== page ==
Escaping the powerlessness
For five days, Samuelson confronted all of these feelings while cooped up in a hotel room. She stared at one screen, then the next, then a wall. She lay in bed. She had a fever. She slept as much as she could. “Because my body hurt.”
She perused social media. She had nothing else to do. But what she saw on Twitter and Instagram was triggering. Reminders of the Olympics. Reminders of what she was missing, of what she’d lost. Everywhere.
She thought about how she’d rather have gotten injured, because injuries are an accepted part of sports. This, on the other hand, was unlike anything she’d ever experienced, “just so out of my control.”
She felt powerless. Coming to terms with that took time, and heart-to-hearts with loved ones, and conversations with a therapist.
Initially, she was upset, and upset that she was upset, bothered by her visceral reactions. She allowed her emotions to spiral. What she learned, gradually, from her therapist was the importance of allowing herself to feel. What she’d just gone through was trauma. Trauma required grief. Samuelson had to accept that grieving was OK. That trying to rush past it was unnatural and unnecessary.
She also learned to reframe the experience. For days, her mind stayed stuck on what COVID had taken: the Olympics; a post-Games vacation; a summer of happiness. But of course, focusing on that only compounded disappointment. She learned to shift focus from what she wasn’t doing to what she could do, to how she could better herself. She got off screens, and worked on breathing and yoga.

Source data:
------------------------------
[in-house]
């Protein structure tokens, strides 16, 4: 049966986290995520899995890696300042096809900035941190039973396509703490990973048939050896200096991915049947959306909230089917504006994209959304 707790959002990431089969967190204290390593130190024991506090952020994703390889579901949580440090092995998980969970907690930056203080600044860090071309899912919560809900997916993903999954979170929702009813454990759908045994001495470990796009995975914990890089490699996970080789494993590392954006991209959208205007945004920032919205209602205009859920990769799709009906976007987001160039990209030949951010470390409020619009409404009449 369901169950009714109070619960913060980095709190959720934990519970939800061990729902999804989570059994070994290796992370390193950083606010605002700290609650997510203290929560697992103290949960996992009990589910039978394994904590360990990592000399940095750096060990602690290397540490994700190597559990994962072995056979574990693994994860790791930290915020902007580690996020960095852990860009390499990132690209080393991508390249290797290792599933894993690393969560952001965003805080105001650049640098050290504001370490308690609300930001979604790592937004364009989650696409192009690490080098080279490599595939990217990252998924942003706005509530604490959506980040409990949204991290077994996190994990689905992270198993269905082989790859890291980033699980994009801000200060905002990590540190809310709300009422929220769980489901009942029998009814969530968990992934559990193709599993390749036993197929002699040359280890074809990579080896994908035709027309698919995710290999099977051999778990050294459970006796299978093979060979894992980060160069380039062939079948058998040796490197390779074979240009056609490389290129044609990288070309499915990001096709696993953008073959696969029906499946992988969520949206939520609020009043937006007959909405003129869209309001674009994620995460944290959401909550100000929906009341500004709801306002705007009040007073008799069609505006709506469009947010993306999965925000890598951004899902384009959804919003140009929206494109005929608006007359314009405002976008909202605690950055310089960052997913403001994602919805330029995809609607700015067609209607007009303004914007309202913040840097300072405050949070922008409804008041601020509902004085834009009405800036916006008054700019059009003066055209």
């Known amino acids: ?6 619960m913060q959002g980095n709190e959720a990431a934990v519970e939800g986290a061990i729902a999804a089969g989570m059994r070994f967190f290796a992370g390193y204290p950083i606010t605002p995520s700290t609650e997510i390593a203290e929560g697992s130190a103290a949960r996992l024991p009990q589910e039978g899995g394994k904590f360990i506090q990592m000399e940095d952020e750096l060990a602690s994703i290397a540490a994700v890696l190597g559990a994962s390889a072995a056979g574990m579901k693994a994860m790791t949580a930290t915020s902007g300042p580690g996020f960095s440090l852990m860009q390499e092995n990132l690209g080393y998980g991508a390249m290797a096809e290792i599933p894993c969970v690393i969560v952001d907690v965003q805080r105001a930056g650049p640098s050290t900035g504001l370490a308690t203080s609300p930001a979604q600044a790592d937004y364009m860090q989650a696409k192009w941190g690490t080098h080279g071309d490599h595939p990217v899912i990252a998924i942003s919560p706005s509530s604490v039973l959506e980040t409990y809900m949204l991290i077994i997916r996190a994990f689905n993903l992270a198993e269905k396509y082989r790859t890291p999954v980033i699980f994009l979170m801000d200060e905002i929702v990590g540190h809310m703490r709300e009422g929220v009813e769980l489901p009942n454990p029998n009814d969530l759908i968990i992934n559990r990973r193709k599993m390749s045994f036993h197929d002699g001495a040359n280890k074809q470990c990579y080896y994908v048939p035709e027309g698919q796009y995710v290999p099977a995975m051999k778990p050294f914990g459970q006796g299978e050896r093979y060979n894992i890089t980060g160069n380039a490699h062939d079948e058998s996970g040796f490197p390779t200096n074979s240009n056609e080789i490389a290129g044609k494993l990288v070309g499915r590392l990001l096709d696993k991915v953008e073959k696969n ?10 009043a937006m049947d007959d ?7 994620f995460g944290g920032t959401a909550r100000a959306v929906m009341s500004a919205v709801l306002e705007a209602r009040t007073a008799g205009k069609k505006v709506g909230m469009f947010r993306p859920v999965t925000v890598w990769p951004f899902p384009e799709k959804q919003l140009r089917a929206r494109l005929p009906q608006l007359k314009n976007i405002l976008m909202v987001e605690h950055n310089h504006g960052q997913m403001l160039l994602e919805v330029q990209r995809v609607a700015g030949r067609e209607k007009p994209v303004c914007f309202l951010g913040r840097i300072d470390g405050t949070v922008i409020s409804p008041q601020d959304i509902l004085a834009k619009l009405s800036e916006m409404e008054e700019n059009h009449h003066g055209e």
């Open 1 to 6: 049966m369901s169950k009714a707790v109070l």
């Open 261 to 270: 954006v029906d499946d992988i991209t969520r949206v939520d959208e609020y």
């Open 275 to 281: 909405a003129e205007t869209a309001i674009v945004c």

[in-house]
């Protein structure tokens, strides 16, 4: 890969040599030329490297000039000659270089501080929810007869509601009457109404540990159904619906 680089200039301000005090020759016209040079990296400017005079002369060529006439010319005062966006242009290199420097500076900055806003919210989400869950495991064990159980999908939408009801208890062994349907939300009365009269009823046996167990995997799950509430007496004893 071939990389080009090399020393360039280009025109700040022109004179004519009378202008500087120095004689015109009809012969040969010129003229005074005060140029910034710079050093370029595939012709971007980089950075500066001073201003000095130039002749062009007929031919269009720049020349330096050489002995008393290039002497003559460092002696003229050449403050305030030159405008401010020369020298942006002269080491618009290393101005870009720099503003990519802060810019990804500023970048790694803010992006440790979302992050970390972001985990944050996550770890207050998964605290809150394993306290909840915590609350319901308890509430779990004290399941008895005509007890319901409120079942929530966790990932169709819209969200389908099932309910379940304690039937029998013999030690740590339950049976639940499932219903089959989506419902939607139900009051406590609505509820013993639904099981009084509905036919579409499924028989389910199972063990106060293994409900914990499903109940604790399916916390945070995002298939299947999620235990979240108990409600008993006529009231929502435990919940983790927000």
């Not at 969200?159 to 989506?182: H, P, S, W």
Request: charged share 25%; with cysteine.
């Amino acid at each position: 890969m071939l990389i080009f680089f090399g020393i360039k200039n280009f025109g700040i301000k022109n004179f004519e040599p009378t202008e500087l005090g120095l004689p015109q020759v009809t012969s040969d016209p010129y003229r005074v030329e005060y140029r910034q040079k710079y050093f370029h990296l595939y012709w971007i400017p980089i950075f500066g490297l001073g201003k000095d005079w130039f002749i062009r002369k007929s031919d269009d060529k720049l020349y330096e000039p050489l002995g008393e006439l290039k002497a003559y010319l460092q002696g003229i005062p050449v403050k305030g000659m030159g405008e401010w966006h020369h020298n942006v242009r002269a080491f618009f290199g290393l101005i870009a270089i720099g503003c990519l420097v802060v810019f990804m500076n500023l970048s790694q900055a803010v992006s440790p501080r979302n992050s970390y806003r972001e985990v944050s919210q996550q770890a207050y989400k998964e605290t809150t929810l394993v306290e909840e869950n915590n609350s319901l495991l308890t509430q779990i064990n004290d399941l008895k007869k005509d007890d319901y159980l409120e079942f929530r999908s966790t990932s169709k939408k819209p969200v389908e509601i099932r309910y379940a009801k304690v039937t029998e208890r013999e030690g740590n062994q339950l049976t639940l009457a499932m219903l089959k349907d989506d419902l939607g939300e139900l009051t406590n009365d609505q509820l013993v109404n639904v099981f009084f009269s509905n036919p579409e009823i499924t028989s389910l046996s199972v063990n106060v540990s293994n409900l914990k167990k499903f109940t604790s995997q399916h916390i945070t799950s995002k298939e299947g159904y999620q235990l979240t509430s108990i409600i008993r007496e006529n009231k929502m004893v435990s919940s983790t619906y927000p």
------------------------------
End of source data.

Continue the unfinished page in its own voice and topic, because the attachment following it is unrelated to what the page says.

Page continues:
While confined to the hotel room, she binged Manifest on Netflix. After five days, her dad drove to Vegas, dropped off a car and flew home. Samuelson took the car back home to finish her isolation in a more comfortable setting. Her fever eased. She stayed up late or woke up early to watch her 3x3 teammates. She communicated with them sporadically — the time difference made it tough — and celebrated when they won gold.
And after a while, she began to accept that what had befallen her was “not my fault, it's nobody's fault, there's nothing I could've done differently.”
She is, 2 1/2 weeks later, doing better, physically and mentally. She’s working herself back into basketball shape. She spoke with Yahoo Sports from the passenger seat of a car post-workout. She hopes to be ready when the WNBA season resumes Aug. 16.
And although the heartbreak of last month hasn’t completely disappeared, it no longer consumes her.
A few years ago, she realizes, it would have. “This probably would've put me in a really, really dark place,” she says. For a while, especially in college, Samuelson had resisted therapy, and instead confronted depression and anxiety on her own.
But in 2019, she finally sought help from mental health professionals, and she’s glad she did. She began to set her feelings free. “I feel able to do that now without needing to wait ’til my complete breaking point,” she says.
And so, in a way, after this ordeal she wouldn’t wish upon anybody, she feels happy. Or at least proud of how she coped with it. Thankful for the friends and family who “saw the lowest of lows,” and helped her work through them. And proud of the personal growth that allowed her to grieve and then stabilize.
“I've come a long way,” she says, “in being able to still function and see the other side of things.”